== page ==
Doubles positioning question: Attacking player drop shot

Discussion in 'Techniques / Training' started by Bbeaucha88, Oct 26, 2013.

  1. Bbeaucha88

    Bbeaucha88 Regular Member

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    Hello all,
    This is my first post here however I am positive it will not be my last. I have been playing since I was about 8yrs old but seriously for about 4 years. I have read just about everything there is to read on badminton that the Web can offer and love every minute of it. My question today is a grey area I get into trouble with often when playing with certain people.

    While on the attack, if the rear player drops the bird instead of smashing, who's responsibility is it to defend the net.

    I realize this seems like a straightforward question but far too often my partner at the moment will notice my drop and then back up to take side. Since I have retaken my center-back position, I am not prepared to sprint forward and defend my own drop shot.

    The way I play, and how I was taught, was that the front player is supposed to hold the T and wait for a counter drop or a killable bad return, the rear player is to retake center-back position and wait for a lift to maintain the attack.

    I think the confusion comes from position change while in defense. If you are defending against an attack and you counter with a drop, it is customary to "follow your drop" and take the T while your partner should shift to rear position. In my mind, this really only applies to defense because it does not make sense to force the rear player to attack and then cover the full court to defend his own attack.

    I have gotten into arguments about this alot because opinions differ greatly. Please, she'd some light on the situation.

    Thanks!
     
  2. visor

    visor Regular Member

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    You're male, ie playing XD?
     
  3. Bbeaucha88

    Bbeaucha88 Regular Member

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    Sorry, forgot to clarify. Men's Doubles.
     
  4. visor

    visor Regular Member

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    As in all things... it depends....on the situation, and the abilities of your pair and your opponents.

    Theoretically, the rear player should drop it in the middle or to the side where your partner is. Then there is no confusion.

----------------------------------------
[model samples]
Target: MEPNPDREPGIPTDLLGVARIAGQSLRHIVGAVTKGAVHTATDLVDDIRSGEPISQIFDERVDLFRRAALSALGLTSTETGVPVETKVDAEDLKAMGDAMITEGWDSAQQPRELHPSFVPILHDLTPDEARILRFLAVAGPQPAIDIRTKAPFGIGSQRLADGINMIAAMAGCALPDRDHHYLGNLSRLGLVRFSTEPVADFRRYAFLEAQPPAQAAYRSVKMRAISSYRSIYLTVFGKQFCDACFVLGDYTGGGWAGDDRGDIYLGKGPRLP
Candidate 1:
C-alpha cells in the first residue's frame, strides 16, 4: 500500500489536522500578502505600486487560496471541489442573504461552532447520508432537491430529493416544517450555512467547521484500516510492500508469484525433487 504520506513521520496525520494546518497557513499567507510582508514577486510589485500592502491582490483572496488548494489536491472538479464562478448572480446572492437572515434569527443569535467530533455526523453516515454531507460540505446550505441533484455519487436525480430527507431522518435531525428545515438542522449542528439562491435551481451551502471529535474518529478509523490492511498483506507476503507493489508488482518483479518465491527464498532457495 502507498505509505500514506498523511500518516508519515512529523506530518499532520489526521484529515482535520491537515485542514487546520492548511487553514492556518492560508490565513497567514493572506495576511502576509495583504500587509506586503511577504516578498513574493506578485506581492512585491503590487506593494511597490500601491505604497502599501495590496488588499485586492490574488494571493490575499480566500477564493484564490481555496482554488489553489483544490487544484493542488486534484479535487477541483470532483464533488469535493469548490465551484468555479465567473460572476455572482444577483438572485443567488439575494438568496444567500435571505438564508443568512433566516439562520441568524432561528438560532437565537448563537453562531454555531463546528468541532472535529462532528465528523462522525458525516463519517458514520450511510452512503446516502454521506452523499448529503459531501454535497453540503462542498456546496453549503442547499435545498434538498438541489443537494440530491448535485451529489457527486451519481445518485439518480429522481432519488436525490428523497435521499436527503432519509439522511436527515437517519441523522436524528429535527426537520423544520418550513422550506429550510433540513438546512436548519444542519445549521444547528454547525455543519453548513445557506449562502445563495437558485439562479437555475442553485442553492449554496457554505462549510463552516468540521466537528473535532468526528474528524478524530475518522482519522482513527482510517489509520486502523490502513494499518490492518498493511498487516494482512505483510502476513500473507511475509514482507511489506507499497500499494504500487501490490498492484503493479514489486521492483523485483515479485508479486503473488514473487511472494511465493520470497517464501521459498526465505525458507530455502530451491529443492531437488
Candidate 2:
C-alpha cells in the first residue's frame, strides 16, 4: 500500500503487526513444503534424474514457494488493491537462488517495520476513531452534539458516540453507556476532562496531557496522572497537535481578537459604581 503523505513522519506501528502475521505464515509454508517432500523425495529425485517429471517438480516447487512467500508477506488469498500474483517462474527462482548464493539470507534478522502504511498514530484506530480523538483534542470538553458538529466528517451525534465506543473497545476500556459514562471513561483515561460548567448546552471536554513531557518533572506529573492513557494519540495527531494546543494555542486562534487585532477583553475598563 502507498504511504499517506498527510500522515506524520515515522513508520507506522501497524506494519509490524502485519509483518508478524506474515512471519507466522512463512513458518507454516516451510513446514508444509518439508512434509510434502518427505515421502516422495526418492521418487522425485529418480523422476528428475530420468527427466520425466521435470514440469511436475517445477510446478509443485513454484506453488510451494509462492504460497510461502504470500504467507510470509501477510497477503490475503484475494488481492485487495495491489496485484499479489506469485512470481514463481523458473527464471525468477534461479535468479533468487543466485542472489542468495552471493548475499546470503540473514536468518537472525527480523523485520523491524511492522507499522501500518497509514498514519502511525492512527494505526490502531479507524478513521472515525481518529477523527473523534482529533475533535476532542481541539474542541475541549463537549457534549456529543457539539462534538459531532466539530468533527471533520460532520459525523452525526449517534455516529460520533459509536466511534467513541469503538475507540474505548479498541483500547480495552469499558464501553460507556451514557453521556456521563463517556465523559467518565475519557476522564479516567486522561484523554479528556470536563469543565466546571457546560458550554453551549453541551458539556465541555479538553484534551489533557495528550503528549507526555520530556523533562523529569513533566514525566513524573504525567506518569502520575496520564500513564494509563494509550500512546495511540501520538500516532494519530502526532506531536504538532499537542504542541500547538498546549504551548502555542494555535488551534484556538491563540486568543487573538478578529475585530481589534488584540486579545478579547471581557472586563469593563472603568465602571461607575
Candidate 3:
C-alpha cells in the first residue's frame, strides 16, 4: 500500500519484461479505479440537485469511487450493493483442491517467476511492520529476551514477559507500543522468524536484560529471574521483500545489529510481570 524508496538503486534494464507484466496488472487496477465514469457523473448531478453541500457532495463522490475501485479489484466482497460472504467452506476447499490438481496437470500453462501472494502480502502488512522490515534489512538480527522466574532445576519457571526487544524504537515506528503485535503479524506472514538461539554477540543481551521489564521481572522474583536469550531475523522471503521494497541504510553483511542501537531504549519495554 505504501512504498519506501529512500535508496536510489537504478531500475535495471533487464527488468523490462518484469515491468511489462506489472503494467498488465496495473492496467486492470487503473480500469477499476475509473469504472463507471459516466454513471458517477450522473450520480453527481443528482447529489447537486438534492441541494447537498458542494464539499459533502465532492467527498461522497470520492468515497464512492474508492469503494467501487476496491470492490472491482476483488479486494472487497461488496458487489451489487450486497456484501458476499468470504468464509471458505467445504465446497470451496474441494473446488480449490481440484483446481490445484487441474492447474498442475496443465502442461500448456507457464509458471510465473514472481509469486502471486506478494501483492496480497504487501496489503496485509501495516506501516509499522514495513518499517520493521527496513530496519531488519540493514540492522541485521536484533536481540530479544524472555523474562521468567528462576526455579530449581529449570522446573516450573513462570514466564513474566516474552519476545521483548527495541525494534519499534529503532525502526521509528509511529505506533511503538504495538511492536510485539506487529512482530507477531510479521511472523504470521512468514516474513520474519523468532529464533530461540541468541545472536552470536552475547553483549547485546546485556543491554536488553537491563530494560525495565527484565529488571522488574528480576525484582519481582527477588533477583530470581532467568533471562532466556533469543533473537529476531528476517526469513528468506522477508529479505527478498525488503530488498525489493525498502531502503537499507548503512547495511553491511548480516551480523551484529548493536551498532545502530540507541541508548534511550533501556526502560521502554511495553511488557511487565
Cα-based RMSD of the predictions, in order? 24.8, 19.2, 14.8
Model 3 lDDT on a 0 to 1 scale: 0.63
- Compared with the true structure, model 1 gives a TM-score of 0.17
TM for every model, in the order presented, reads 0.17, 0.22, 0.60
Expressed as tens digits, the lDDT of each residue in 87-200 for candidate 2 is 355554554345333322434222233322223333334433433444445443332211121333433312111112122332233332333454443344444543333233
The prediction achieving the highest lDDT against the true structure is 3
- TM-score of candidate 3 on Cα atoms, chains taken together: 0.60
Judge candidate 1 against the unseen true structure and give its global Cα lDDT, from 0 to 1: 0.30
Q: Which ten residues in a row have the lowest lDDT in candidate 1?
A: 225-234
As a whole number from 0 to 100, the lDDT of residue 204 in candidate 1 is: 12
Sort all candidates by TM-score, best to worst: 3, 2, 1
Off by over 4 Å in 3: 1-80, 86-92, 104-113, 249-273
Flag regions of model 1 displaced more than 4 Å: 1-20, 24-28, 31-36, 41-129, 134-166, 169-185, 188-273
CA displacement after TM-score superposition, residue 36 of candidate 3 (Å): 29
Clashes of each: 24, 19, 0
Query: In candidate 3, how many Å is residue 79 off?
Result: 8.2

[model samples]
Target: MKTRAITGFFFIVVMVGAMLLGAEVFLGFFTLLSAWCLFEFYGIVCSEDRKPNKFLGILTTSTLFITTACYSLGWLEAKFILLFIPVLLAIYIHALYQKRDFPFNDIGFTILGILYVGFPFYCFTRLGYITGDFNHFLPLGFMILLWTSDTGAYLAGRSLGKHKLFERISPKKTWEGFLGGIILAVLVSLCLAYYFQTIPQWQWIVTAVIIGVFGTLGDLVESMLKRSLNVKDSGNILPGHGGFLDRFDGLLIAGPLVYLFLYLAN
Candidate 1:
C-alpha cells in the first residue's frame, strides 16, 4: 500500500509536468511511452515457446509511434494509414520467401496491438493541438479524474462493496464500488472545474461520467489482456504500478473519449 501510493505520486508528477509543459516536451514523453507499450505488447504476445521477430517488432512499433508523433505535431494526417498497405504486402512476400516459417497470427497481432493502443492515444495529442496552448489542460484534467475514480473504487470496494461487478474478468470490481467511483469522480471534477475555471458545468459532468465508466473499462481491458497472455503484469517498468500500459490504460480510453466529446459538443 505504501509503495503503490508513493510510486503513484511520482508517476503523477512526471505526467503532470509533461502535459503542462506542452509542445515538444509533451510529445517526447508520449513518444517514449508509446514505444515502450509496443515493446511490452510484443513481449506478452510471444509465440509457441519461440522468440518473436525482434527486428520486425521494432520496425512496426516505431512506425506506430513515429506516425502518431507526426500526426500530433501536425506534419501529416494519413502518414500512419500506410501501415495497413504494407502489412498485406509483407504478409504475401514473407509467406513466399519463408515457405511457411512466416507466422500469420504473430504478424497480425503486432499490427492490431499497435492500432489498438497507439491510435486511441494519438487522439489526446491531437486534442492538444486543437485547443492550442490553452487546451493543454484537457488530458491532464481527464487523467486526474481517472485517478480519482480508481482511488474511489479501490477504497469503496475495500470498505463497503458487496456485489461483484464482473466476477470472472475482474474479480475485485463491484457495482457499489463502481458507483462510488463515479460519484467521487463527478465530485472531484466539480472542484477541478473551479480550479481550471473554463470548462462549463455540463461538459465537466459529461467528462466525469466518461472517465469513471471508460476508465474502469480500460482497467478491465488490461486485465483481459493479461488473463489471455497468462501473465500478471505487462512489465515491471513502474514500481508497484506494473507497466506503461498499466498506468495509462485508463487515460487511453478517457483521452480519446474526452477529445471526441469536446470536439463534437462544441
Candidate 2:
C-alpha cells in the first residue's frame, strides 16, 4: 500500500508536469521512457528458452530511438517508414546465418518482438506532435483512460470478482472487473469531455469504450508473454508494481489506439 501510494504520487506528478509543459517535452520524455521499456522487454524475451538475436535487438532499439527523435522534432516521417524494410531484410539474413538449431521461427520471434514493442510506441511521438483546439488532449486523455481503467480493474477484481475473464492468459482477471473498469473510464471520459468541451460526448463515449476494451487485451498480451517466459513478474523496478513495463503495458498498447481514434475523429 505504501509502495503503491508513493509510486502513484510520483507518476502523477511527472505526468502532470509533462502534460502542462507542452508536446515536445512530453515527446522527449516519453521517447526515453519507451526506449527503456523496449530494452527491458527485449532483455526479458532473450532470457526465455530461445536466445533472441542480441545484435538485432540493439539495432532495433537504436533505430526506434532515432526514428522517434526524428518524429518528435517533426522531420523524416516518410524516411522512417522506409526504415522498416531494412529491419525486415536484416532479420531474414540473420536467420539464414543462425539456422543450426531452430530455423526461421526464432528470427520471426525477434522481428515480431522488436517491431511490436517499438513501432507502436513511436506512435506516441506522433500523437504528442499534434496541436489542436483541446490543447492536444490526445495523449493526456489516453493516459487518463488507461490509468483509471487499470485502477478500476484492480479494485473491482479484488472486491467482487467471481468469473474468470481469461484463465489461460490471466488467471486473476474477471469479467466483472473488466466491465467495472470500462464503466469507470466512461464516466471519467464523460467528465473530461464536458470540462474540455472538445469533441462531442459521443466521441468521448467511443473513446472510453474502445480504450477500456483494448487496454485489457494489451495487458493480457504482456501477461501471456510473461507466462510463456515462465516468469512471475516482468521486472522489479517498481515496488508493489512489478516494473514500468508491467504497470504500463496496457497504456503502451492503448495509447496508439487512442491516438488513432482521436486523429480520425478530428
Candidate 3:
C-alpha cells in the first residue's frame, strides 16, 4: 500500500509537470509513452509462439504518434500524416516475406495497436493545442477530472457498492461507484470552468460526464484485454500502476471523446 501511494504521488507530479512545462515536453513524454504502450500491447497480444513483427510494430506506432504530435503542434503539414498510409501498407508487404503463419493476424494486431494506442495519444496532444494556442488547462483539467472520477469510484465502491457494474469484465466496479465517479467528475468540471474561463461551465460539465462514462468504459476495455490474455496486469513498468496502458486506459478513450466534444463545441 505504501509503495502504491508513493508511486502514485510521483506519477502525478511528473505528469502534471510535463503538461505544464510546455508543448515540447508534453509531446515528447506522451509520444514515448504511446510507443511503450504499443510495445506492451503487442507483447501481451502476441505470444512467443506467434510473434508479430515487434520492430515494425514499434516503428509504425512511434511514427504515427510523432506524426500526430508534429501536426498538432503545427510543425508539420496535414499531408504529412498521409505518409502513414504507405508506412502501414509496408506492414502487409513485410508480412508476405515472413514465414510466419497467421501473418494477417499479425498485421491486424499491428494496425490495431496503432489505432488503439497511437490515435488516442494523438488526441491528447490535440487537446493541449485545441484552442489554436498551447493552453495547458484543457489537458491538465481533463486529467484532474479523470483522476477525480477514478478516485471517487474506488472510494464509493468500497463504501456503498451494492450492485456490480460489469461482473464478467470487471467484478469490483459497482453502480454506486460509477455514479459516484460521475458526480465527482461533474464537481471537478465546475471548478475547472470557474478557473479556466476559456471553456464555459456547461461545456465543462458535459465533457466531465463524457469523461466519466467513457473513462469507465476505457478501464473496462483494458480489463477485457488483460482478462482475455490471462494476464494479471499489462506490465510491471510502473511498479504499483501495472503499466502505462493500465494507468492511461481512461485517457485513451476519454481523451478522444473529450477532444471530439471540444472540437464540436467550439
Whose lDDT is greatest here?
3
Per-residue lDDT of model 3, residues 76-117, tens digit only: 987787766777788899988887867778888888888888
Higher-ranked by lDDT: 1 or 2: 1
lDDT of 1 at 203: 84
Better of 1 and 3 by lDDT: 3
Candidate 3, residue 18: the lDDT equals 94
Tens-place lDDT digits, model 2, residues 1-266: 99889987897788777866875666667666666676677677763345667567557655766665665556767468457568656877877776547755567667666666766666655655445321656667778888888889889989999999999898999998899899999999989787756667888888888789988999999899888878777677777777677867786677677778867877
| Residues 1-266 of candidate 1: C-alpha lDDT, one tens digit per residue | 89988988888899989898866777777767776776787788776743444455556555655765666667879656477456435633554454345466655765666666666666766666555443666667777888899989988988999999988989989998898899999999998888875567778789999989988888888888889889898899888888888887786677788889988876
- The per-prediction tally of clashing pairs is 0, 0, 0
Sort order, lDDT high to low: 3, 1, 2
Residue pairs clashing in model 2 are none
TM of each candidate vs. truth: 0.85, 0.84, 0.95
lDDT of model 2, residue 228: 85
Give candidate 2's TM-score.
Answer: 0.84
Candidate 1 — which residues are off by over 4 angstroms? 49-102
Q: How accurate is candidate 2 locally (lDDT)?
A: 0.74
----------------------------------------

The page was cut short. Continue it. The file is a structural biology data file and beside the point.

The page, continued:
The confusion comes if you drop it on your side away from your partner. Just don't do it and there'll be no arguments. ;)
     
  5. Bbeaucha88

    Bbeaucha88 Regular Member

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    I think you are right that the confusion comes from dropping it in the corner directly in front of the rear player. However, "Don't do it" is hardly and answer to the question.

    As for the differing skill level, I understand things may change based on level but there is generally an accepted "best practice". Some people serve long and don't take defense but we all generally accept that that is not the correct play.

    I am looking for the correct play here.
    Thanks again.
     
  6. raymond

    raymond Regular Member

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    A little confused/unclear about the situation. A front player should avoid staying at the T. He/she should be moving back and froth, left and right to follow the shots in play. The rear player is expected to continue to move forward in attack if opponents return is short (in mid-court), but then in that case, a dropshot probably is not the best choice. Rather a smash should be played.

    If it's not the mid-court situation, a drop should be covered by the front player. If the 2 players were in side-side defense situation, as soon as opponent clears/lifts, the defense immediately turns to offense. One player should immediately go to the back to take the high shot, while his partner should immediately occupy the front (not too close to the service line).

    So, I'm not clear exactly what scenario we're dealing with here. It doesn't sound like any that I described above.
     
  7. Bbeaucha88

    Bbeaucha88 Regular Member

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    Your right, I re-read my post and it is not as clear as it is in my head. I will try to create and exact situation to work with: